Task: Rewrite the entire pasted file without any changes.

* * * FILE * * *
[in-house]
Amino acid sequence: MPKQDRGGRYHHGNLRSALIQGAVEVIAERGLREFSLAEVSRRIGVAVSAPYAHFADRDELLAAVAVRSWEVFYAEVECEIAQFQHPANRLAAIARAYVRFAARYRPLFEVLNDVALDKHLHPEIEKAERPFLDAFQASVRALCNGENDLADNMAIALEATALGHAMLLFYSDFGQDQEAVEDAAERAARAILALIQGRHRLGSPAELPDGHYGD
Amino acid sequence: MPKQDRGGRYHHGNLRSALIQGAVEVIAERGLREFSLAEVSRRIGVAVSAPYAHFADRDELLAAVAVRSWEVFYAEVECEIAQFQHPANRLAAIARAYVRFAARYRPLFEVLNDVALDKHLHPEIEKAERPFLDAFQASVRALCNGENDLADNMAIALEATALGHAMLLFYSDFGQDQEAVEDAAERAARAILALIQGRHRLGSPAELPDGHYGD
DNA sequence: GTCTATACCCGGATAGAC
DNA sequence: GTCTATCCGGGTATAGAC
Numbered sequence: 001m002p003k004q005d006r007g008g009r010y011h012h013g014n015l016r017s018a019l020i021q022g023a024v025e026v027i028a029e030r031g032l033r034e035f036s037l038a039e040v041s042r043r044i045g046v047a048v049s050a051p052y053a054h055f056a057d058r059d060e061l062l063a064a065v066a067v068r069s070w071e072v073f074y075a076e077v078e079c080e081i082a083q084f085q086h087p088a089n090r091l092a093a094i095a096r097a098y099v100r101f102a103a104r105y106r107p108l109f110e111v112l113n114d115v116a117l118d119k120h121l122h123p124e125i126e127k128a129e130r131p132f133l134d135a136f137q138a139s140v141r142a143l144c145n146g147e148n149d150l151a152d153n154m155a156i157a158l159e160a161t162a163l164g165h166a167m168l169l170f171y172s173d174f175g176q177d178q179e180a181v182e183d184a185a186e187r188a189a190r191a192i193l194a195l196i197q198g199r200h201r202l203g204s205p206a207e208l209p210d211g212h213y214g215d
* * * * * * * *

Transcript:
[in-house]
Amino acid sequence: MPKQDRGGRYHHGNLRSALIQGAVEVIAERGLREFSLAEVSRRIGVAVSAPYAHFADRDELLAAVAVRSWEVFYAEVECEIAQFQHPANRLAAIARAYVRFAARYRPLFEVLNDVALDKHLHPEIEKAERPFLDAFQASVRALCNGENDLADNMAIALEATALGHAMLLFYSDFGQDQEAVEDAAERAARAILALIQGRHRLGSPAELPDGHYGD
Amino acid sequence: MPKQDRGGRYHHGNLRSALIQGAVEVIAERGLREFSLAEVSRRIGVAVSAPYAHFADRDELLAAVAVRSWEVFYAEVECEIAQFQHPANRLAAIARAYVRFAARYRPLFEVLNDVALDKHLHPEIEKAERPFLDAFQASVRALCNGENDLADNMAIALEATALGHAMLLFYSDFGQDQEAVEDAAERAARAILALIQGRHRLGSPAELPDGHYGD
DNA sequence: GTCTATACCCGGATAGAC
DNA sequence: GTCTATCCGGGTATAGAC
Numbered sequence: 001m002p003k004q005d006r007g008g009r010y011h012h013g014n015l016r017s018a019l020i021q022g023a024v025e026v027i028a029e030r031g032l033r034e035f036s037l038a039e040v041s042r043r044i045g046v047a048v049s050a051p052y053a054h055f056a057d058r059d060e061l062l063a064a065v066a067v068r069s070w071e072v073f074y075a076e077v078e079c080e081i082a083q084f085q086h087p088a089n090r091l092a093a094i095a096r097a098y099v100r101f102a103a104r105y106r107p108l109f110e111v112l113n114d115v116a117l118d119k120h121l122h123p124e125i126e127k128a129e130r131p132f133l134d135a136f137q138a139s140v141r142a143l144c145n146g147e148n149d150l151a152d153n154m155a156i157a158l159e160a161t162a163l164g165h166a167m168l169l170f171y172s173d174f175g176q177d178q179e180a181v182e183d184a185a186e187r188a189a190r191a192i193l194a195l196i197q198g199r200h201r202l203g204s205p206a207e208l209p210d211g212h213y214g215d